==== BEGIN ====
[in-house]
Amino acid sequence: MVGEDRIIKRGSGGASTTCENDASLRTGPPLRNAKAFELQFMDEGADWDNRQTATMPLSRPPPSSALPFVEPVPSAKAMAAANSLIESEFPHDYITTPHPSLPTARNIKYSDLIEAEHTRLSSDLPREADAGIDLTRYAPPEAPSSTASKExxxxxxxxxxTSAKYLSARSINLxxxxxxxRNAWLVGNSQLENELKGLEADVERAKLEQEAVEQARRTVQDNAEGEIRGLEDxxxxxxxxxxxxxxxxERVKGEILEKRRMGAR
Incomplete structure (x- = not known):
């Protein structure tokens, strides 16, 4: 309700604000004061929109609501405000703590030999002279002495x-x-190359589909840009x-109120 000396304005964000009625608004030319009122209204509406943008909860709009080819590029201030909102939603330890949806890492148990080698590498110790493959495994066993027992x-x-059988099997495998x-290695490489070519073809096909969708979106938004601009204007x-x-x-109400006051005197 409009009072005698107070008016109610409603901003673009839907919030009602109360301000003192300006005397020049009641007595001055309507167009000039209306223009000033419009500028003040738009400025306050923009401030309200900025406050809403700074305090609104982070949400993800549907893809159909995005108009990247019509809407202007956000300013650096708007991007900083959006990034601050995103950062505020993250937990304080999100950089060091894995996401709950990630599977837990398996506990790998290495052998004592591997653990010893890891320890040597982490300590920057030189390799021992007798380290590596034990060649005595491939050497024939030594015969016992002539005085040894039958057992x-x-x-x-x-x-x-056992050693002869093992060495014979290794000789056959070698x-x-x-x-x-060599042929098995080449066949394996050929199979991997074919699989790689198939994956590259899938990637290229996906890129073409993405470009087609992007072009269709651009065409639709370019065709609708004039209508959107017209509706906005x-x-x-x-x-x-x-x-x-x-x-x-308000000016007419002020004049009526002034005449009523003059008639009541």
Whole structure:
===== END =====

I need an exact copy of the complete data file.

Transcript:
[in-house]
Amino acid sequence: MVGEDRIIKRGSGGASTTCENDASLRTGPPLRNAKAFELQFMDEGADWDNRQTATMPLSRPPPSSALPFVEPVPSAKAMAAANSLIESEFPHDYITTPHPSLPTARNIKYSDLIEAEHTRLSSDLPREADAGIDLTRYAPPEAPSSTASKExxxxxxxxxxTSAKYLSARSINLxxxxxxxRNAWLVGNSQLENELKGLEADVERAKLEQEAVEQARRTVQDNAEGEIRGLEDxxxxxxxxxxxxxxxxERVKGEILEKRRMGAR
Incomplete structure (x- = not known):
């Protein structure tokens, strides 16, 4: 309700604000004061929109609501405000703590030999002279002495x-x-190359589909840009x-109120 000396304005964000009625608004030319009122209204509406943008909860709009080819590029201030909102939603330890949806890492148990080698590498110790493959495994066993027992x-x-059988099997495998x-290695490489070519073809096909969708979106938004601009204007x-x-x-109400006051005197 409009009072005698107070008016109610409603901003673009839907919030009602109360301000003192300006005397020049009641007595001055309507167009000039209306223009000033419009500028003040738009400025306050923009401030309200900025406050809403700074305090609104982070949400993800549907893809159909995005108009990247019509809407202007956000300013650096708007991007900083959006990034601050995103950062505020993250937990304080999100950089060091894995996401709950990630599977837990398996506990790998290495052998004592591997653990010893890891320890040597982490300590920057030189390799021992007798380290590596034990060649005595491939050497024939030594015969016992002539005085040894039958057992x-x-x-x-x-x-x-056992050693002869093992060495014979290794000789056959070698x-x-x-x-x-060599042929098995080449066949394996050929199979991997074919699989790689198939994956590259899938990637290229996906890129073409993405470009087609992007072009269709651009065409639709370019065709609708004039209508959107017209509706906005x-x-x-x-x-x-x-x-x-x-x-x-308000000016007419002020004049009526002034005449009523003059008639009541």
Whole structure: